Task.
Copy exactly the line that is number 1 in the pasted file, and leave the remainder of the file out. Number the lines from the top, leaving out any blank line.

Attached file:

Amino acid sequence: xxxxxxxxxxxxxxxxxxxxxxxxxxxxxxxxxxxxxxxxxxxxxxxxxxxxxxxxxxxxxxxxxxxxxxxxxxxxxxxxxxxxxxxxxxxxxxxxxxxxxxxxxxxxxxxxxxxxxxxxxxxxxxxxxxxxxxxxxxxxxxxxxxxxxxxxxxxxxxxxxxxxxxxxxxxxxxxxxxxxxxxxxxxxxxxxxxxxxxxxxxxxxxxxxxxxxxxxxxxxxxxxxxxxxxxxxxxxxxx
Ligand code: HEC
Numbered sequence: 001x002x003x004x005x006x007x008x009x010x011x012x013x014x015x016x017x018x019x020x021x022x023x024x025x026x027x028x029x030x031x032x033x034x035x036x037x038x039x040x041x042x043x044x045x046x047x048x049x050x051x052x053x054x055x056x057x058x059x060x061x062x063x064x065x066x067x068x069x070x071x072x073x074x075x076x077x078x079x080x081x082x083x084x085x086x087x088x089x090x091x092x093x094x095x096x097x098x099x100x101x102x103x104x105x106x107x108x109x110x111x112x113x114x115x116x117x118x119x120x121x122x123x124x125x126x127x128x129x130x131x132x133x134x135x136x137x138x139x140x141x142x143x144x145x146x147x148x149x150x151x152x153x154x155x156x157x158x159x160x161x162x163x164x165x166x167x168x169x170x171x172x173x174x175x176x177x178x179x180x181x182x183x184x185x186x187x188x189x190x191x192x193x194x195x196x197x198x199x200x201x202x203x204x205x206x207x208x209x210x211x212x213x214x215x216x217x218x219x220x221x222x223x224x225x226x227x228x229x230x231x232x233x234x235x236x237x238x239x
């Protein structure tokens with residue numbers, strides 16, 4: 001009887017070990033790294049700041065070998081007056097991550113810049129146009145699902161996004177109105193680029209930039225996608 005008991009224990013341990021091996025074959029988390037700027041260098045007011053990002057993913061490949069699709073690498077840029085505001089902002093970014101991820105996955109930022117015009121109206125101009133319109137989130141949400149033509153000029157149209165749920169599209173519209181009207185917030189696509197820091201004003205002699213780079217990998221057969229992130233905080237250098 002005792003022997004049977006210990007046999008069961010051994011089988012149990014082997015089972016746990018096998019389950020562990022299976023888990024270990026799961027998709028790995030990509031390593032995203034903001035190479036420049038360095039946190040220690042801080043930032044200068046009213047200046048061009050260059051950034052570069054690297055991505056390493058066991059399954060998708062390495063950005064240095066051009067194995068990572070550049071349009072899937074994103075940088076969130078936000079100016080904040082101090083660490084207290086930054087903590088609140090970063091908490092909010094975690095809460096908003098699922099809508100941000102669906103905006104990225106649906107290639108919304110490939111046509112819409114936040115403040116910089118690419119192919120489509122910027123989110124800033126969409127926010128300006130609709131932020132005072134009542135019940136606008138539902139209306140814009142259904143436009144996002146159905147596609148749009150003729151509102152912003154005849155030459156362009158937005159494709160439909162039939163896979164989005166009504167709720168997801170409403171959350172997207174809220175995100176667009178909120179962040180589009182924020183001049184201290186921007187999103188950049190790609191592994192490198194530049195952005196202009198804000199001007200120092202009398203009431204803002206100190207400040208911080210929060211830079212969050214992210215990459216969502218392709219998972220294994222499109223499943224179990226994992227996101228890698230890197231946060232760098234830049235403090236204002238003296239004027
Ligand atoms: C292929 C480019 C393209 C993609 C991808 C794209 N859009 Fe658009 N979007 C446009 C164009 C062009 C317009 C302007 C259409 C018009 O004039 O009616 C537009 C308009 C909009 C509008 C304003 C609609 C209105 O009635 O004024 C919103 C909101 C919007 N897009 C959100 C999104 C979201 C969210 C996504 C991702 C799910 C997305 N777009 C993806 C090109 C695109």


Amino acid sequence: xxxxxxxxxxxxxxxxxxxxxxxxxxxxxxxxxxxxxxxxxxxxxxxxxxxxxxxxxxxxxxxxxxxxxxxxxxxxxxxxxxxxxxxxxxxxxxxxxxxxxxxxxxxxxxxxxxxxxxxxxxxxxxxxxxxxxxxxxxxxxxxxxxxxxxxxxxxxxxxxxxxxxxxxxxxxxxxxxxxxxxxxxxxxxxxxxxxxxxxxxxxxxxxxxxxxxxxxxxxxxxxxxxxxxxxxxxxxxxx